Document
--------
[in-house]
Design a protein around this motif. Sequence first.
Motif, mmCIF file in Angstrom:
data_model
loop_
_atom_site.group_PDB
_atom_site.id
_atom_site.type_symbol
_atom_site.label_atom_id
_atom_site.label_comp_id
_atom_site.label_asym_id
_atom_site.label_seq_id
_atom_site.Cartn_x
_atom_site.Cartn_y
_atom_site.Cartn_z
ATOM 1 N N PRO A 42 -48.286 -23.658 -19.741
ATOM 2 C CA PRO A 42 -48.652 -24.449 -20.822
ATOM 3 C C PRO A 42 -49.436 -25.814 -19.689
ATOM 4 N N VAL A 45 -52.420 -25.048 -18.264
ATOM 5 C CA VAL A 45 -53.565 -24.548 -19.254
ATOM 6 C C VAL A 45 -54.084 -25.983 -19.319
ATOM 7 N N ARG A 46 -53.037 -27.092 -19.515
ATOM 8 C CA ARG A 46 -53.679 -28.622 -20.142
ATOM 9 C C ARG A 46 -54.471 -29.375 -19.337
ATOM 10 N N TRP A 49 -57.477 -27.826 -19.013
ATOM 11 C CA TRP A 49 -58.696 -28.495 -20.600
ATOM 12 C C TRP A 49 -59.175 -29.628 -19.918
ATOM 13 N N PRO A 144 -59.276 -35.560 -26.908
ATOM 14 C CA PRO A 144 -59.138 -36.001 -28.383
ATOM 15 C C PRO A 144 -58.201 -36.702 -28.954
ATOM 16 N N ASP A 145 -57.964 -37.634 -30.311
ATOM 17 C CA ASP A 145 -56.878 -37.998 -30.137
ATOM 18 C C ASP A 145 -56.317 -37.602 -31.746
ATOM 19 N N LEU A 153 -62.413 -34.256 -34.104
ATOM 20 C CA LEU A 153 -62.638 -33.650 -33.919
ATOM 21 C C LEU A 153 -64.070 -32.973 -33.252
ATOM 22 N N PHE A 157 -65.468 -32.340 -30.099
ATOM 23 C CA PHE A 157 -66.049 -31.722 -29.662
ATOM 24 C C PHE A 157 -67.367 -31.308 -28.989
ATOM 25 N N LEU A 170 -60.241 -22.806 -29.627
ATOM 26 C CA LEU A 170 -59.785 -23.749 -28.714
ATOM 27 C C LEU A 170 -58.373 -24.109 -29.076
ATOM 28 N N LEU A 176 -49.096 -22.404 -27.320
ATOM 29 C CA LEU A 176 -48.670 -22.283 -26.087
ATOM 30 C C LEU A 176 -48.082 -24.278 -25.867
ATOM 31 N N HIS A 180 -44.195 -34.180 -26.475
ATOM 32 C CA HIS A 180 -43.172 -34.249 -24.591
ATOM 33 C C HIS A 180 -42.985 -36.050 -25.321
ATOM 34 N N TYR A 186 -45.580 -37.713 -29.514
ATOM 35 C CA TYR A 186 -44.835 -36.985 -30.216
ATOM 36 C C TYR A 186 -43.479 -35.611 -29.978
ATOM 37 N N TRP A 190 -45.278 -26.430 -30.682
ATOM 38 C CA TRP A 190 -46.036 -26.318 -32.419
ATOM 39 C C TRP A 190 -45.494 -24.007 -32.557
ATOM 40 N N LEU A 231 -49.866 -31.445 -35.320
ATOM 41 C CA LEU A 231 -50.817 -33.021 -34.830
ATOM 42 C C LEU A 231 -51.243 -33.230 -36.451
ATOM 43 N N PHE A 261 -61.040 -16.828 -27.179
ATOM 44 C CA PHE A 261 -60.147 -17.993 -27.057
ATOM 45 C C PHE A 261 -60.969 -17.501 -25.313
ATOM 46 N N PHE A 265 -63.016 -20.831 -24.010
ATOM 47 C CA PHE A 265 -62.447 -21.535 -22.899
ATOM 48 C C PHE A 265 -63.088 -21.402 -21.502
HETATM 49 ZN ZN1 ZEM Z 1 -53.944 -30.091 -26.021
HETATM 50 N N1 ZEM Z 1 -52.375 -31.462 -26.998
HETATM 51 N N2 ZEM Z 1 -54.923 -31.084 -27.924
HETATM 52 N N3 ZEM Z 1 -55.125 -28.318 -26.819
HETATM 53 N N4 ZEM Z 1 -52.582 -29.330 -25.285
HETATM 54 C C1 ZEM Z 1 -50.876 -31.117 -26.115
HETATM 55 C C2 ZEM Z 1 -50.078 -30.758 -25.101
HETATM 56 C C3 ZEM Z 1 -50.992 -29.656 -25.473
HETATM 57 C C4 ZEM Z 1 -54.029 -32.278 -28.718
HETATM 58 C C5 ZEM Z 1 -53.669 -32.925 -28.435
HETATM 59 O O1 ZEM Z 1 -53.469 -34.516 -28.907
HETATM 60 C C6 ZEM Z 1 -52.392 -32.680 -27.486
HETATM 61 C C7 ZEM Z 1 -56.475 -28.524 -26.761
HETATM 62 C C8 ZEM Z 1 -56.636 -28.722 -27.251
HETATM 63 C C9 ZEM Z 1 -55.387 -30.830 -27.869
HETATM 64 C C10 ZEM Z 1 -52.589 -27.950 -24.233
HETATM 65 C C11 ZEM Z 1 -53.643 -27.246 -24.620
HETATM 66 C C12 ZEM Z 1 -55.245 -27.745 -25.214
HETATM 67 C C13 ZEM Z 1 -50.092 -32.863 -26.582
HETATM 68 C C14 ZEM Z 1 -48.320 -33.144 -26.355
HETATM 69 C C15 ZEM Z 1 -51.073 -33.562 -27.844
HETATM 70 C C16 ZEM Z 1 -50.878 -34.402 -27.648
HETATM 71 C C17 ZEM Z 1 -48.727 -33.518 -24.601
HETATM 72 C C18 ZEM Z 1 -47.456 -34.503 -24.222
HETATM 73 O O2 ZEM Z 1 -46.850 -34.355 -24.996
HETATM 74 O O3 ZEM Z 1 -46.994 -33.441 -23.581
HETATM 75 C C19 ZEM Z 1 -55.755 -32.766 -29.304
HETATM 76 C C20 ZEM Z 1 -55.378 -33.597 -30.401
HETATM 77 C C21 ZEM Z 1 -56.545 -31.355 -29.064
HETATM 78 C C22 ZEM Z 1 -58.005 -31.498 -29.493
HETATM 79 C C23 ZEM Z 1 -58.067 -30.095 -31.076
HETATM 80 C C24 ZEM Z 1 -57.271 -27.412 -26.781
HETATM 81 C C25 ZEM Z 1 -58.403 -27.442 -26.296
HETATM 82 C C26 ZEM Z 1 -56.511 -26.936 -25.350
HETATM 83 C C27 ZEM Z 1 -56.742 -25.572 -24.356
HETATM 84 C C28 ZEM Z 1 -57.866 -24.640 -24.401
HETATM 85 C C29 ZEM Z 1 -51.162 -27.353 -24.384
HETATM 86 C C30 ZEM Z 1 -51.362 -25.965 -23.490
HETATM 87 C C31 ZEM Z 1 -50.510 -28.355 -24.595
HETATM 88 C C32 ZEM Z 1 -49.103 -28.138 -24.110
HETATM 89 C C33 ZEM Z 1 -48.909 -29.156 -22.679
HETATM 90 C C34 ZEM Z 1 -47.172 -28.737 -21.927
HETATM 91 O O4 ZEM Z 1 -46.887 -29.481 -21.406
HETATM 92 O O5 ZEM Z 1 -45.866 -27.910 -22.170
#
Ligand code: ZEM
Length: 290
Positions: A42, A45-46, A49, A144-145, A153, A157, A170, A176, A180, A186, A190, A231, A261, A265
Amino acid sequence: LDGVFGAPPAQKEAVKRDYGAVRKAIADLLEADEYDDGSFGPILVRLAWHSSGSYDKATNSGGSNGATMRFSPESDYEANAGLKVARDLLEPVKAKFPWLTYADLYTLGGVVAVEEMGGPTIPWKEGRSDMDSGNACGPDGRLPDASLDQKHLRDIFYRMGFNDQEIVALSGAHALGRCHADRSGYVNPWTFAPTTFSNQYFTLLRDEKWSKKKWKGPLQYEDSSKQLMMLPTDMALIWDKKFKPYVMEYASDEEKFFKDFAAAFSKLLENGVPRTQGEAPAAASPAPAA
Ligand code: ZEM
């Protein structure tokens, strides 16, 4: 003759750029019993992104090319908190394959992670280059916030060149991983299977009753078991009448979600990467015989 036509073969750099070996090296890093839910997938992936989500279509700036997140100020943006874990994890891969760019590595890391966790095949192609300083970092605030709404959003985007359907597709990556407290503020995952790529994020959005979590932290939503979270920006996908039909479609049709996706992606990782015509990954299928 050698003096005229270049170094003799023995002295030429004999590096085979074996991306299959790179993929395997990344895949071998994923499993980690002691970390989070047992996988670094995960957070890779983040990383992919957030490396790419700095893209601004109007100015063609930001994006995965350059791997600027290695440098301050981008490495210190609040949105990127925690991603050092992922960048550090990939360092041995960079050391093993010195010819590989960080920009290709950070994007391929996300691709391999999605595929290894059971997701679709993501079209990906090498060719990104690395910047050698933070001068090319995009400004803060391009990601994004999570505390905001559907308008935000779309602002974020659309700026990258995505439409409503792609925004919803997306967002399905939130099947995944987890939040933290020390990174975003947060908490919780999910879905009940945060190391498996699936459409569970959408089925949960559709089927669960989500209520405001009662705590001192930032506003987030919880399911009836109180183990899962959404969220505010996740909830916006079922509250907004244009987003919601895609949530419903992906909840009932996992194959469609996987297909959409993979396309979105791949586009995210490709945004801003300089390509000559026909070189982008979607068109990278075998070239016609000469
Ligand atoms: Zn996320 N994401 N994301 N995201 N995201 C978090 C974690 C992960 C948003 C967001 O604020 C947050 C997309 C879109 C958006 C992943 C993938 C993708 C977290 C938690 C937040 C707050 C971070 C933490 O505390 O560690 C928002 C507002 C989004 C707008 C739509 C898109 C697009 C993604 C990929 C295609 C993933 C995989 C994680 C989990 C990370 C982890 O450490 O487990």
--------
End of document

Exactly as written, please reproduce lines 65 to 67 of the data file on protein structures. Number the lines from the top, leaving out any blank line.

HETATM 50 N N1 ZEM Z 1 -52.375 -31.462 -26.998
HETATM 51 N N2 ZEM Z 1 -54.923 -31.084 -27.924
HETATM 52 N N3 ZEM Z 1 -55.125 -28.318 -26.819